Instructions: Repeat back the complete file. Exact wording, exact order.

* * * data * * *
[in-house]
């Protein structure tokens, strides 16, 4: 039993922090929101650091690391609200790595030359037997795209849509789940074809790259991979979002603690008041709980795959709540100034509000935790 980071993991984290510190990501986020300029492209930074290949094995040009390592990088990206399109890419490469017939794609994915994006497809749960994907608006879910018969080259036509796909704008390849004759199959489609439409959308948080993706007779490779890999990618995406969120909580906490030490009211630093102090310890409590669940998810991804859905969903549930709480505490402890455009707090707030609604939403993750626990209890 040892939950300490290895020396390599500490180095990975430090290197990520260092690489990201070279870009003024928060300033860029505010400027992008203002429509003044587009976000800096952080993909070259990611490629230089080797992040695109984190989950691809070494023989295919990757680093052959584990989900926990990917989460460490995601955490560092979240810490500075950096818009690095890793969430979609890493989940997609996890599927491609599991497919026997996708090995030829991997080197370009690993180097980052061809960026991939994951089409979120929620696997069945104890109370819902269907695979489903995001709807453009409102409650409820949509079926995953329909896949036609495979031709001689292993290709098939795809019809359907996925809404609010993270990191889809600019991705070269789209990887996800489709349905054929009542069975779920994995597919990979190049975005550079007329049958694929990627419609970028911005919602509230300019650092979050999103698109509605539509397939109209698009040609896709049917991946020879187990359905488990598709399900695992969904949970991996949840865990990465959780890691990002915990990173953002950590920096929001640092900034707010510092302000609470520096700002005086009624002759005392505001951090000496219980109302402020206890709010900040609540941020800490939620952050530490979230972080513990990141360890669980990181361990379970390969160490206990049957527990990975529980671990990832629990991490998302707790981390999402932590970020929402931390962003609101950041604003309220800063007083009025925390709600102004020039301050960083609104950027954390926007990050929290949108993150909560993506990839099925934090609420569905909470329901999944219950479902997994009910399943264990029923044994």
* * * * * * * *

[in-house]
């Protein structure tokens, strides 16, 4: 039993922090929101650091690391609200790595030359037997795209849509789940074809790259991979979002603690008041709980795959709540100034509000935790 980071993991984290510190990501986020300029492209930074290949094995040009390592990088990206399109890419490469017939794609994915994006497809749960994907608006879910018969080259036509796909704008390849004759199959489609439409959308948080993706007779490779890999990618995406969120909580906490030490009211630093102090310890409590669940998810991804859905969903549930709480505490402890455009707090707030609604939403993750626990209890 040892939950300490290895020396390599500490180095990975430090290197990520260092690489990201070279870009003024928060300033860029505010400027992008203002429509003044587009976000800096952080993909070259990611490629230089080797992040695109984190989950691809070494023989295919990757680093052959584990989900926990990917989460460490995601955490560092979240810490500075950096818009690095890793969430979609890493989940997609996890599927491609599991497919026997996708090995030829991997080197370009690993180097980052061809960026991939994951089409979120929620696997069945104890109370819902269907695979489903995001709807453009409102409650409820949509079926995953329909896949036609495979031709001689292993290709098939795809019809359907996925809404609010993270990191889809600019991705070269789209990887996800489709349905054929009542069975779920994995597919990979190049975005550079007329049958694929990627419609970028911005919602509230300019650092979050999103698109509605539509397939109209698009040609896709049917991946020879187990359905488990598709399900695992969904949970991996949840865990990465959780890691990002915990990173953002950590920096929001640092900034707010510092302000609470520096700002005086009624002759005392505001951090000496219980109302402020206890709010900040609540941020800490939620952050530490979230972080513990990141360890669980990181361990379970390969160490206990049957527990990975529980671990990832629990991490998302707790981390999402932590970020929402931390962003609101950041604003309220800063007083009025925390709600102004020039301050960083609104950027954390926007990050929290949108993150909560993506990839099925934090609420569905909470329901999944219950479902997994009910399943264990029923044994």